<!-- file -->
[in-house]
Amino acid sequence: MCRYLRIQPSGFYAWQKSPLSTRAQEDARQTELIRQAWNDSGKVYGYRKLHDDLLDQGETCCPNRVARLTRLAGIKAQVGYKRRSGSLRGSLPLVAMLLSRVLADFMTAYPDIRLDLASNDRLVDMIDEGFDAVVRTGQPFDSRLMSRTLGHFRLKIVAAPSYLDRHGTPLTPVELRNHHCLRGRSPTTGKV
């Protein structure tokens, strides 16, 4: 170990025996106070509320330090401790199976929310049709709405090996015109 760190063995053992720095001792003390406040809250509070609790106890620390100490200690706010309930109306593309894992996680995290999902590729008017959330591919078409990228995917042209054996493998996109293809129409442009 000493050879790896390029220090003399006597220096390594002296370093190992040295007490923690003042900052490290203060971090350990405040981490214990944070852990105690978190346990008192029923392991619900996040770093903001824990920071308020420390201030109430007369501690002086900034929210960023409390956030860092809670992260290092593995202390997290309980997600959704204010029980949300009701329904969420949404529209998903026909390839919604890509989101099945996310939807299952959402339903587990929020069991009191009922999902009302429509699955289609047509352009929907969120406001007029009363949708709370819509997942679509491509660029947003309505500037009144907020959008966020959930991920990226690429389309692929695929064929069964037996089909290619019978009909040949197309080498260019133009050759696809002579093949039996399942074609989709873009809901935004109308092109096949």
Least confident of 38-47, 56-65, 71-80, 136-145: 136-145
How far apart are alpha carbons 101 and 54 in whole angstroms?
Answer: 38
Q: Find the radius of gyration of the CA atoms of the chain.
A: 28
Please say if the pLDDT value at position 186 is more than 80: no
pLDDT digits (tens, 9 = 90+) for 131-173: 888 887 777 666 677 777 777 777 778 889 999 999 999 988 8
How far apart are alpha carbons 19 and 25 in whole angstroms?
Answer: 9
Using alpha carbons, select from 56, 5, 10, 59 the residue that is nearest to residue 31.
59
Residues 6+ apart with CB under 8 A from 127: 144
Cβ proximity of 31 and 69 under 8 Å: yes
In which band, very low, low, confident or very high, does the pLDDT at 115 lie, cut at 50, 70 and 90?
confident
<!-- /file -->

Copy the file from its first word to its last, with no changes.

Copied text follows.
[in-house]
Amino acid sequence: MCRYLRIQPSGFYAWQKSPLSTRAQEDARQTELIRQAWNDSGKVYGYRKLHDDLLDQGETCCPNRVARLTRLAGIKAQVGYKRRSGSLRGSLPLVAMLLSRVLADFMTAYPDIRLDLASNDRLVDMIDEGFDAVVRTGQPFDSRLMSRTLGHFRLKIVAAPSYLDRHGTPLTPVELRNHHCLRGRSPTTGKV
């Protein structure tokens, strides 16, 4: 170990025996106070509320330090401790199976929310049709709405090996015109 760190063995053992720095001792003390406040809250509070609790106890620390100490200690706010309930109306593309894992996680995290999902590729008017959330591919078409990228995917042209054996493998996109293809129409442009 000493050879790896390029220090003399006597220096390594002296370093190992040295007490923690003042900052490290203060971090350990405040981490214990944070852990105690978190346990008192029923392991619900996040770093903001824990920071308020420390201030109430007369501690002086900034929210960023409390956030860092809670992260290092593995202390997290309980997600959704204010029980949300009701329904969420949404529209998903026909390839919604890509989101099945996310939807299952959402339903587990929020069991009191009922999902009302429509699955289609047509352009929907969120406001007029009363949708709370819509997942679509491509660029947003309505500037009144907020959008966020959930991920990226690429389309692929695929064929069964037996089909290619019978009909040949197309080498260019133009050759696809002579093949039996399942074609989709873009809901935004109308092109096949």
Least confident of 38-47, 56-65, 71-80, 136-145: 136-145
How far apart are alpha carbons 101 and 54 in whole angstroms?
Answer: 38
Q: Find the radius of gyration of the CA atoms of the chain.
A: 28
Please say if the pLDDT value at position 186 is more than 80: no
pLDDT digits (tens, 9 = 90+) for 131-173: 888 887 777 666 677 777 777 777 778 889 999 999 999 988 8
How far apart are alpha carbons 19 and 25 in whole angstroms?
Answer: 9
Using alpha carbons, select from 56, 5, 10, 59 the residue that is nearest to residue 31.
59
Residues 6+ apart with CB under 8 A from 127: 144
Cβ proximity of 31 and 69 under 8 Å: yes
In which band, very low, low, confident or very high, does the pLDDT at 115 lie, cut at 50, 70 and 90?
confident